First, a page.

A good dog training program means that you have a trainer who will work with you and help you improve your dog’s behavior and the communication between you and your dog. A dog trainer will make the experience fun, laugh along with you and elevate the entire training experience!

  • Choosing the right training tools 

It’s easy to get confused with the articles and blogs of dog training equipment, hardware, and gear. A professional dog trainer can help you select the right tool for your specific training requirements. Each dog equipment has a specific use. Your trainer can guide you through the process of identifying which one and why and how do you use it. 

  • Education + Experience = Expertise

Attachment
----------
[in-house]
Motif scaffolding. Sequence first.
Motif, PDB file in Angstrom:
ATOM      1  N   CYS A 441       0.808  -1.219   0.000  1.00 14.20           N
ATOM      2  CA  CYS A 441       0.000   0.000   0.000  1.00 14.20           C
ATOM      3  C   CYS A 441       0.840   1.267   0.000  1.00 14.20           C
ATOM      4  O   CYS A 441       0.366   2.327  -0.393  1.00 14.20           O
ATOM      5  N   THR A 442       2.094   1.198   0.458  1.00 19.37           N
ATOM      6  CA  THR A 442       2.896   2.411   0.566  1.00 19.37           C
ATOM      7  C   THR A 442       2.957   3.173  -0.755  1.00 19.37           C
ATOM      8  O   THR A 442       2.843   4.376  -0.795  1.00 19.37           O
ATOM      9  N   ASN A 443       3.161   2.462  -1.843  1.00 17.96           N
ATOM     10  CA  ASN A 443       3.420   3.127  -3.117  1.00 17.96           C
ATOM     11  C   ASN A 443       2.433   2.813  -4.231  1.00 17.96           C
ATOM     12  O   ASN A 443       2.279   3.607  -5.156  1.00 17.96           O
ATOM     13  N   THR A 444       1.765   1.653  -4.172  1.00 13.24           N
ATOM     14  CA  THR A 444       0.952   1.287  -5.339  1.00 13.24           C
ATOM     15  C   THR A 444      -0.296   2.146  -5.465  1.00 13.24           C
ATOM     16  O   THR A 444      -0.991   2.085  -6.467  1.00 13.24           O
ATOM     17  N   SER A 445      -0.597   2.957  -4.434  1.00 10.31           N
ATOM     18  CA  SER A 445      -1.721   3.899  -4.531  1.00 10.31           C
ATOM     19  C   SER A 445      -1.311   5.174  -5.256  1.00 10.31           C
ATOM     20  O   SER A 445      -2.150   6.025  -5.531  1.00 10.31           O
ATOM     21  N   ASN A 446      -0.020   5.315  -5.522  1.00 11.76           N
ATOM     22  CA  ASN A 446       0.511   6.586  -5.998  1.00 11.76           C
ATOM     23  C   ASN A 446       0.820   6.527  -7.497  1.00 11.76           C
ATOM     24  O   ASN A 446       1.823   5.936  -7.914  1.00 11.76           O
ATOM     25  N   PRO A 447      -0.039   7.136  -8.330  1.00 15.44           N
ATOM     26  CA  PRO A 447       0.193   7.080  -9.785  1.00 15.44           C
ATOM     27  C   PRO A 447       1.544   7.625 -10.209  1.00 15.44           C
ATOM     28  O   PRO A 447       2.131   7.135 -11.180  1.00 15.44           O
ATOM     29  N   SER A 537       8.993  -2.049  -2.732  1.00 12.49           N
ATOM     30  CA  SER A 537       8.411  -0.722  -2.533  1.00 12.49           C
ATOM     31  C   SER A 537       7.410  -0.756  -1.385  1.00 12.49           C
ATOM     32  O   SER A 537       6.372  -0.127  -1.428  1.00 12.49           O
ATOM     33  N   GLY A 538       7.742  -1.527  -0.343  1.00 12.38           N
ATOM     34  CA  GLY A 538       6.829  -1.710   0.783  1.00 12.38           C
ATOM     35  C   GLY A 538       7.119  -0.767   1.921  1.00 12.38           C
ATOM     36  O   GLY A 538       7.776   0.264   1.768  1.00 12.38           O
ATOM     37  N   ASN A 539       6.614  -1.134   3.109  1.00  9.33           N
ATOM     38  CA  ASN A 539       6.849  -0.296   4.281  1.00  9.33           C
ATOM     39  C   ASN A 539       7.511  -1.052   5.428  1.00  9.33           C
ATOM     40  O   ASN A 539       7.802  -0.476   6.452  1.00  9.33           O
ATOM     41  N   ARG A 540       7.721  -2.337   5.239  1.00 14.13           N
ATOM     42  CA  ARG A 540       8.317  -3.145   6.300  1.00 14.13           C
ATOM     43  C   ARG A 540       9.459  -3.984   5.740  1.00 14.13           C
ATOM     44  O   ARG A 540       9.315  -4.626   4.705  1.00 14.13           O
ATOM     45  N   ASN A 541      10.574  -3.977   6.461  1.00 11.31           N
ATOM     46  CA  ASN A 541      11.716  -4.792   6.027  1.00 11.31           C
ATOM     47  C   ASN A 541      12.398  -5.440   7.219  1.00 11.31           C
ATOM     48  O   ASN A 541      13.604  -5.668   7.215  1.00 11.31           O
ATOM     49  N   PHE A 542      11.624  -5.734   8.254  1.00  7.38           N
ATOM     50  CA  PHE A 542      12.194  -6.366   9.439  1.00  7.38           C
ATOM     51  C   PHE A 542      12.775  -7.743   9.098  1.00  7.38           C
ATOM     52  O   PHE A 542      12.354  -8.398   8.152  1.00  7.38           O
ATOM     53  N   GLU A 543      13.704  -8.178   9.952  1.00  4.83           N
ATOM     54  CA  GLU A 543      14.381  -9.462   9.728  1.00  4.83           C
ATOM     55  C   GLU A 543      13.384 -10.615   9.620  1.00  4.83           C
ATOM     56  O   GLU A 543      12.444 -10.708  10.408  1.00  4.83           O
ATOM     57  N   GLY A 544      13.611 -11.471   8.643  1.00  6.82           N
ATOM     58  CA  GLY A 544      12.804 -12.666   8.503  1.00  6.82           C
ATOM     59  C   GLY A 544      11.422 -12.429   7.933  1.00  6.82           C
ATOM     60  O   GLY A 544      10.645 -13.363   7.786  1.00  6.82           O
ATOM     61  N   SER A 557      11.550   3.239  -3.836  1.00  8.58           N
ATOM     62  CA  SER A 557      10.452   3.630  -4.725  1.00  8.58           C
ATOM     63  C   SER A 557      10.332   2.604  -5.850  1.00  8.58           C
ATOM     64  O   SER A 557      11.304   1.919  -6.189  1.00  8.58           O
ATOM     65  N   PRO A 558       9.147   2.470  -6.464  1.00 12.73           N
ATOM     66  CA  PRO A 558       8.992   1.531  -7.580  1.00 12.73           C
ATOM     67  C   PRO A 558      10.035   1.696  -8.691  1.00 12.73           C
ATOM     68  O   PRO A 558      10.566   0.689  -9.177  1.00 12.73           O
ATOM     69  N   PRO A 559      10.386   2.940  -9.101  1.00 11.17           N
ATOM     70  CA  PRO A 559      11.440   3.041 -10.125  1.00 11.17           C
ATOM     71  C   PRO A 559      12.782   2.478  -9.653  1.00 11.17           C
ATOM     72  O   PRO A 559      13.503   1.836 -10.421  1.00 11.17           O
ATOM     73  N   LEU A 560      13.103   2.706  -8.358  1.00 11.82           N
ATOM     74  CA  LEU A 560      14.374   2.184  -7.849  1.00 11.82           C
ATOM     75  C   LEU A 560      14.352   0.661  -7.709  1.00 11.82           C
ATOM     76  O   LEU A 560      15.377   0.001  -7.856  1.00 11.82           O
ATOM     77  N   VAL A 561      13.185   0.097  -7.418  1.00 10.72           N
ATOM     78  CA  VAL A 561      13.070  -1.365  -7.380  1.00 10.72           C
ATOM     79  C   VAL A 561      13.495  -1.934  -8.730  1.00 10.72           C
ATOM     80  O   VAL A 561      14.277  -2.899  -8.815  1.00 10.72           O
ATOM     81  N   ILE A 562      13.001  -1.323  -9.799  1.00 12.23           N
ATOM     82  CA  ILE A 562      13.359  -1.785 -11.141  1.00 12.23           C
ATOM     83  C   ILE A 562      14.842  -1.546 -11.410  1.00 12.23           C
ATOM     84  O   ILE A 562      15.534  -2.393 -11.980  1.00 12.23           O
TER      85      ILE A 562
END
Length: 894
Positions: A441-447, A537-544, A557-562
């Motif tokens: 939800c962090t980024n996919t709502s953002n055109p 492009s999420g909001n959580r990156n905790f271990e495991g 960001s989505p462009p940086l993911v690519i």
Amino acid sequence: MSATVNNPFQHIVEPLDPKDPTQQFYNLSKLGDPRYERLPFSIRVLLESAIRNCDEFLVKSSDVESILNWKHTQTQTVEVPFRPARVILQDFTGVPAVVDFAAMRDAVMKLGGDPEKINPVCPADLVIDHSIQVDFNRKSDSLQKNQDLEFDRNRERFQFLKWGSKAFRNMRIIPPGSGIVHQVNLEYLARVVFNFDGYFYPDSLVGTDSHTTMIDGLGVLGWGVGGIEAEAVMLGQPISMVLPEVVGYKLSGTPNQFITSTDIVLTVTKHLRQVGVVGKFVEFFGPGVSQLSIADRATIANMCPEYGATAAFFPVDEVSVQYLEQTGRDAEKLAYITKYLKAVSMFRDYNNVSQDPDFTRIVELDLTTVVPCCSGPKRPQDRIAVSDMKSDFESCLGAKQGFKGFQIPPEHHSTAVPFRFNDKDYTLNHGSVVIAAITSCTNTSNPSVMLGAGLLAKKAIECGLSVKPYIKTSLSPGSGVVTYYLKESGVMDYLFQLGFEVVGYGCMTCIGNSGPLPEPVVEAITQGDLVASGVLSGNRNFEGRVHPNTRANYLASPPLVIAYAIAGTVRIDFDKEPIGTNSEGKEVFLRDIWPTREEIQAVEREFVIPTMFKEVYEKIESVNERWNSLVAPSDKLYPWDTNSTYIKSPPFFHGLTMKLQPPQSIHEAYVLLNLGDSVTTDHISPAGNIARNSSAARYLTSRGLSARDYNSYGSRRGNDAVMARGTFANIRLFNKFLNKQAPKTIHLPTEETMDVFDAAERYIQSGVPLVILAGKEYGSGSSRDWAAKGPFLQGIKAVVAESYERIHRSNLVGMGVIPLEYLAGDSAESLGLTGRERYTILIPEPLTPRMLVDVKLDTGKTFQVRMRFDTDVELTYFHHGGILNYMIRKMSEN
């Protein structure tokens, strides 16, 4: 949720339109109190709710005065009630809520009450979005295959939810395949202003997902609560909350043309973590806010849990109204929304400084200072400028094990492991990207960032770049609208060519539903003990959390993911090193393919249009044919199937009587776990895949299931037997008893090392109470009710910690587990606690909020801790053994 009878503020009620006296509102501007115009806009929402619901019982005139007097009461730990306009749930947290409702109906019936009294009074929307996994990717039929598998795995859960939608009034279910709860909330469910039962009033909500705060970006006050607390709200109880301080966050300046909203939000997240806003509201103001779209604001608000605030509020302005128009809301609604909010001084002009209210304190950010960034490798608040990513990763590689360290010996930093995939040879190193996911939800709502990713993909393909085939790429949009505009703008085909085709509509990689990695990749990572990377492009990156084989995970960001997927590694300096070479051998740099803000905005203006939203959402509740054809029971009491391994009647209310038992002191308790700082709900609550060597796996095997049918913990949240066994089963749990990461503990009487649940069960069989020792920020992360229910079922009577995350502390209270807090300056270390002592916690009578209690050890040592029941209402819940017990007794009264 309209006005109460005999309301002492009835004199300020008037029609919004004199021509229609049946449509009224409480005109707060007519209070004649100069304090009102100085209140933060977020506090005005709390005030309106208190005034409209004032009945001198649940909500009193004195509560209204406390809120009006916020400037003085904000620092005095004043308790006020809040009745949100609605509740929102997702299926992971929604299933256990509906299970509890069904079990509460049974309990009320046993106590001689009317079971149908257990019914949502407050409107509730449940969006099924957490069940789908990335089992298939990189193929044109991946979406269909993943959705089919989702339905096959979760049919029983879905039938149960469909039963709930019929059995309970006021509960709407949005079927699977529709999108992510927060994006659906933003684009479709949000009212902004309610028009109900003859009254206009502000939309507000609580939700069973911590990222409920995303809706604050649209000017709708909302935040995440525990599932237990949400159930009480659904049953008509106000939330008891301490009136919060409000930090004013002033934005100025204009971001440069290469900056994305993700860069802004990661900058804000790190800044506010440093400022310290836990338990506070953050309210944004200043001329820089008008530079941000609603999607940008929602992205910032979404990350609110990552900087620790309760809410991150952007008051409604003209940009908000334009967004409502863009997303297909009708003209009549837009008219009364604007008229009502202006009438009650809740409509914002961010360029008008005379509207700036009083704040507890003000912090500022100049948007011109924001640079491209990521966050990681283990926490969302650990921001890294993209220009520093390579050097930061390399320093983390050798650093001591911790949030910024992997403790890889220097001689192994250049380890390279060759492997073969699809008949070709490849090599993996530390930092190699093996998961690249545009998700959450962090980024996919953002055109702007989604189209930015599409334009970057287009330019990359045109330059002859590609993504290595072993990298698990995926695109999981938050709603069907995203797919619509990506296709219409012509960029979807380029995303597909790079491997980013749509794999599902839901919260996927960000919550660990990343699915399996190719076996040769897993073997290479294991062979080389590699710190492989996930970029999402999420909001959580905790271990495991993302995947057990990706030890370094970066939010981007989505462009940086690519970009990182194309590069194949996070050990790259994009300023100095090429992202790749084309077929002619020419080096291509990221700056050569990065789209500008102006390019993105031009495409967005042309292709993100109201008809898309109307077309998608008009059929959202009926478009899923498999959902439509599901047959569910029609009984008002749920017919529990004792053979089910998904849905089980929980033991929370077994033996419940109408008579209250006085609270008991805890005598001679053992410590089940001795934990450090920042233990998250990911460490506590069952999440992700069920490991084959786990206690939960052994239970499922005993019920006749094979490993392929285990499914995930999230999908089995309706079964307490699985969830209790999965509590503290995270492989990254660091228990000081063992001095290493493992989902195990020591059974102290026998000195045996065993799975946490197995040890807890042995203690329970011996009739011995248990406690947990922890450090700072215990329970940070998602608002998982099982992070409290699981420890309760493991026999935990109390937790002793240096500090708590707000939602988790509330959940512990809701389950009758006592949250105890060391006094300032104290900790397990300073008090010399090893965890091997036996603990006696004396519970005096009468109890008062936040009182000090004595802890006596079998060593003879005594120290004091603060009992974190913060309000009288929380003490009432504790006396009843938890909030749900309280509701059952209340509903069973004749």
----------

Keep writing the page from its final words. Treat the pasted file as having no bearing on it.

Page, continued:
Professional dog trainers are certified and possess a minimum knowledge base and skill level. 

  • Take your training to the next level!

Your dog is part of your family and great training helps the dog become a well-rounded companion. When you rely solely on dog training on the internet, the entire aspect of training your dog to the highest levels is not possible.

At the end of the day, your dog’s trainer is their most valuable and trusted resource. No one knows your dog’s unique training needs better and will be able to tailor a training plan specifically made for their individual needs.

Suggestions

You can never replace professional advice with a Google search. By doing so, you are inadvertently putting yourself both at the risk of anxiety and incorrect diagnosis. There is a lot of junk present on the internet that might be nowhere even near to the actual solution to your dog’s problem.

  • Look at the source: If the website is not from a professional, you should not take this advice. You can get advice from real Veternarians in the Facebook group Pet Vet Corner.